Heskin Contemporary is pleased to announce an exhibition of new works by Sherry Kerlin. The opening reception will be held on May 9, 6-9pm.

Sherry Kerlin’s paintings and drawings are dedicated to her unending search for the narratives that lie beneath what appears to be the immutable concrete surface of reality. She says, “I passed a poster in a window that in effect read that behind every truth there is another larger and greater truth. I have experienced that every circumstance has many layers to it. I am trying to achieve the seemingly impossible and contradictory task of painting that which cannot be seen. I have given up trying to know the one exact truth and discovered the pleasure of the mystery.”

Sherry Kerlin’s work is built around the many facets of the human condition. She examines both the physical and the metaphysical perspectives. Her work includes narratives from the past and the present day, which can be playful and humorous or dark and mysterious. You feel as if you are viewing the images through a mist of memory.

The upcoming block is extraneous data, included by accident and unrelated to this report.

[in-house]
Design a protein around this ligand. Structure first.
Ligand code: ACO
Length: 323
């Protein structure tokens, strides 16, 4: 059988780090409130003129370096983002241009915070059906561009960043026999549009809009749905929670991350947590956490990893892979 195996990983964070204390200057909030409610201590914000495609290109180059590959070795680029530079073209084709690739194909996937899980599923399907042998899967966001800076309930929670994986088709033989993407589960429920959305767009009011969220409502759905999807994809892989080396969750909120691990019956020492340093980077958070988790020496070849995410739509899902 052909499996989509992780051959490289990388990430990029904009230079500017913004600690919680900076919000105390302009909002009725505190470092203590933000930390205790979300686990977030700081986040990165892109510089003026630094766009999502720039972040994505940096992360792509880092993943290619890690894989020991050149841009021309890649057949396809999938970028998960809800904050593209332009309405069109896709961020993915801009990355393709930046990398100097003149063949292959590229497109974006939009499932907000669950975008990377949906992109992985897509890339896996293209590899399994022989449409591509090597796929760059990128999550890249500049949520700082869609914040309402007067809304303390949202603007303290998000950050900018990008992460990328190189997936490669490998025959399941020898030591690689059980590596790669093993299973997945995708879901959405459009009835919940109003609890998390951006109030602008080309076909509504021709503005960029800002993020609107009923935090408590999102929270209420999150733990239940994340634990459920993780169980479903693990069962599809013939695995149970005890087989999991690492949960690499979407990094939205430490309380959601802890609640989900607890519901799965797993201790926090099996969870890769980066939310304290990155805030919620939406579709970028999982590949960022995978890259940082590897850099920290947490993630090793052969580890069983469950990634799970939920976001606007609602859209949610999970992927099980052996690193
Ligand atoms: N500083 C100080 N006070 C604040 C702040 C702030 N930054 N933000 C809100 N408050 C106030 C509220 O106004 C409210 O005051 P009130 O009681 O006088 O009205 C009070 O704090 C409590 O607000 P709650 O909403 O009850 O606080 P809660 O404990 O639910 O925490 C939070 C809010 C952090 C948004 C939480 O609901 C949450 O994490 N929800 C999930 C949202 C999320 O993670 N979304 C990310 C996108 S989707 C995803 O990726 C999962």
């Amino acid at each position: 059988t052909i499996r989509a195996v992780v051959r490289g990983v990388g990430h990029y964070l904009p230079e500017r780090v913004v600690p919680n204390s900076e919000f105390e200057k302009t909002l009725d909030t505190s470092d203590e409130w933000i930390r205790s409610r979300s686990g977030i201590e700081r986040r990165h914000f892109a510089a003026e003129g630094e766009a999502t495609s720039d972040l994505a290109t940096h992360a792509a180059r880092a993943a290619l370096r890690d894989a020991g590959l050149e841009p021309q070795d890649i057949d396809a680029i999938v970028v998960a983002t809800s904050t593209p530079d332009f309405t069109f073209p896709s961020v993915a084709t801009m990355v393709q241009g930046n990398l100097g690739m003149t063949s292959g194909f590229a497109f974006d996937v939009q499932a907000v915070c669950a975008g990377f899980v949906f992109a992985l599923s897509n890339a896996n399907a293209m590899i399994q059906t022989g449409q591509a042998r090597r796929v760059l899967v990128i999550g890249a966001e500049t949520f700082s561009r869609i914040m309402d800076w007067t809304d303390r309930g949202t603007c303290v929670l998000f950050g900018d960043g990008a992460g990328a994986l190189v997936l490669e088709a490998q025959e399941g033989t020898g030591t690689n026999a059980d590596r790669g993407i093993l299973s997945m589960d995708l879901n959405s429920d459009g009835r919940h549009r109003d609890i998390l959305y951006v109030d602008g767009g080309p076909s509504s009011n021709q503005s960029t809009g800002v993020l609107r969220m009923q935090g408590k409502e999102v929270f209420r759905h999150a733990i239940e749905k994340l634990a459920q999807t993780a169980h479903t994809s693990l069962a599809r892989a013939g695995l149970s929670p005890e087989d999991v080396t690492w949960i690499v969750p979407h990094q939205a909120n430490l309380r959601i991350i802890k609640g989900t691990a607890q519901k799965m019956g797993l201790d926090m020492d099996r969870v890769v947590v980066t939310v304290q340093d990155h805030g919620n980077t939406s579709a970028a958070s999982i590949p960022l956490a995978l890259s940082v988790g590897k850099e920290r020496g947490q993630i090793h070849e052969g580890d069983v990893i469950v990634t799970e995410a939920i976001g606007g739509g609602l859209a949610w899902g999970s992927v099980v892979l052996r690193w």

She paints in a diffused, soft lyrical style that is meant to mimic the transitory nature of an object or a figure. Many of the paintings are done in black and white in an attempt to bend reality to another perceptual level. Each painting is usually confined to a focus on one or two objects in order to more fully explore their unique worlds. The scale of the work is small to create a sense of intimacy. These formal elements are there to support her strong sense of narrative—the soul of her work.

Sherry Kerlin received her BFA from the Art Institute of Chicago and the Kansas City Art Institute. She has shown her work in many important galleries in New York City and throughout the United States. This is her second solo show at Heskin Contemporary.

Sherry Kerlin is from Kansas City, and now lives and works in New York City. She attended the Chicago Art Institute and completed her BFA at the Kansas City Art Institute, in Kansas City in 1966. Kerlin has been exhibiting her work since 1981 in New York and California. She received a Grant in 1995 from the New York Foundation for the Arts, and in 1992 she received a residency at the MacDowell Colony in Peterborough, New Hampshire.